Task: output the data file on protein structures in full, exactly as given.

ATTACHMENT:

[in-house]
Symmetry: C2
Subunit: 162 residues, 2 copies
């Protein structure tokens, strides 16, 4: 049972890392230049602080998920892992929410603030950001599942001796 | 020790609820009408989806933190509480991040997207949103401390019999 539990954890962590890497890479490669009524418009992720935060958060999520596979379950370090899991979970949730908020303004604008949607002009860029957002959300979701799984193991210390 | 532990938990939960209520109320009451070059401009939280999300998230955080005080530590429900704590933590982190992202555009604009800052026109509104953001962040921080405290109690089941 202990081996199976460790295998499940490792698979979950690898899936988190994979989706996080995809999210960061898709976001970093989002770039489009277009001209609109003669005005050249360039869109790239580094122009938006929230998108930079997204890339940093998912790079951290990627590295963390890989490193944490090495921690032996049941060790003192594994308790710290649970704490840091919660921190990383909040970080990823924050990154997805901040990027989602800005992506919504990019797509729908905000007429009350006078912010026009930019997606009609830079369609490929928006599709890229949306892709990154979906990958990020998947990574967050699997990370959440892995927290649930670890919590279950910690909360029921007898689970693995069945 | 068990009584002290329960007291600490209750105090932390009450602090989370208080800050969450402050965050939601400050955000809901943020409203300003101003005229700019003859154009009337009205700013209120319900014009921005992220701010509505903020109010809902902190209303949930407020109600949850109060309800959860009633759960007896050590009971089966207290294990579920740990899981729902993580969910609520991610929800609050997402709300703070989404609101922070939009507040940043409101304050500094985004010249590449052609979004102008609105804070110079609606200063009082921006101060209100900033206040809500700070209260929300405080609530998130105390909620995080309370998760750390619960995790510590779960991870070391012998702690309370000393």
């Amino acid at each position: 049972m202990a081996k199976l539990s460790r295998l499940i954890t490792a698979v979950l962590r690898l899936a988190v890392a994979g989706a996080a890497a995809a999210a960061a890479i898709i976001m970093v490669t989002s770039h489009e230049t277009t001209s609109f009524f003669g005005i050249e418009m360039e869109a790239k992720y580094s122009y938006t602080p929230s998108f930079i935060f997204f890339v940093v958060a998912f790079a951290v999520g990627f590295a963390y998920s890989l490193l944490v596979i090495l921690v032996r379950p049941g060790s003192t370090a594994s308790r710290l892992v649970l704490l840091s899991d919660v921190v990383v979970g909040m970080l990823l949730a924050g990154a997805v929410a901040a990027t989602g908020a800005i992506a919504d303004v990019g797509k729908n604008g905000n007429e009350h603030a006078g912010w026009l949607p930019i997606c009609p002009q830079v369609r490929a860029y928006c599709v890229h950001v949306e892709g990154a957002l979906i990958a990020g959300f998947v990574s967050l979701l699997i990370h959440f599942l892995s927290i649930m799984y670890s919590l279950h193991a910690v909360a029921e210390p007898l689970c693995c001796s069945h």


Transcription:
[in-house]
Symmetry: C2
Subunit: 162 residues, 2 copies
């Protein structure tokens, strides 16, 4: 049972890392230049602080998920892992929410603030950001599942001796 | 020790609820009408989806933190509480991040997207949103401390019999 539990954890962590890497890479490669009524418009992720935060958060999520596979379950370090899991979970949730908020303004604008949607002009860029957002959300979701799984193991210390 | 532990938990939960209520109320009451070059401009939280999300998230955080005080530590429900704590933590982190992202555009604009800052026109509104953001962040921080405290109690089941 202990081996199976460790295998499940490792698979979950690898899936988190994979989706996080995809999210960061898709976001970093989002770039489009277009001209609109003669005005050249360039869109790239580094122009938006929230998108930079997204890339940093998912790079951290990627590295963390890989490193944490090495921690032996049941060790003192594994308790710290649970704490840091919660921190990383909040970080990823924050990154997805901040990027989602800005992506919504990019797509729908905000007429009350006078912010026009930019997606009609830079369609490929928006599709890229949306892709990154979906990958990020998947990574967050699997990370959440892995927290649930670890919590279950910690909360029921007898689970693995069945 | 068990009584002290329960007291600490209750105090932390009450602090989370208080800050969450402050965050939601400050955000809901943020409203300003101003005229700019003859154009009337009205700013209120319900014009921005992220701010509505903020109010809902902190209303949930407020109600949850109060309800959860009633759960007896050590009971089966207290294990579920740990899981729902993580969910609520991610929800609050997402709300703070989404609101922070939009507040940043409101304050500094985004010249590449052609979004102008609105804070110079609606200063009082921006101060209100900033206040809500700070209260929300405080609530998130105390909620995080309370998760750390619960995790510590779960991870070391012998702690309370000393």
């Amino acid at each position: 049972m202990a081996k199976l539990s460790r295998l499940i954890t490792a698979v979950l962590r690898l899936a988190v890392a994979g989706a996080a890497a995809a999210a960061a890479i898709i976001m970093v490669t989002s770039h489009e230049t277009t001209s609109f009524f003669g005005i050249e418009m360039e869109a790239k992720y580094s122009y938006t602080p929230s998108f930079i935060f997204f890339v940093v958060a998912f790079a951290v999520g990627f590295a963390y998920s890989l490193l944490v596979i090495l921690v032996r379950p049941g060790s003192t370090a594994s308790r710290l892992v649970l704490l840091s899991d919660v921190v990383v979970g909040m970080l990823l949730a924050g990154a997805v929410a901040a990027t989602g908020a800005i992506a919504d303004v990019g797509k729908n604008g905000n007429e009350h603030a006078g912010w026009l949607p930019i997606c009609p002009q830079v369609r490929a860029y928006c599709v890229h950001v949306e892709g990154a957002l979906i990958a990020g959300f998947v990574s967050l979701l699997i990370h959440f599942l892995s927290i649930m799984y670890s919590l279950h193991a910690v909360a029921e210390p007898l689970c693995c001796s069945h």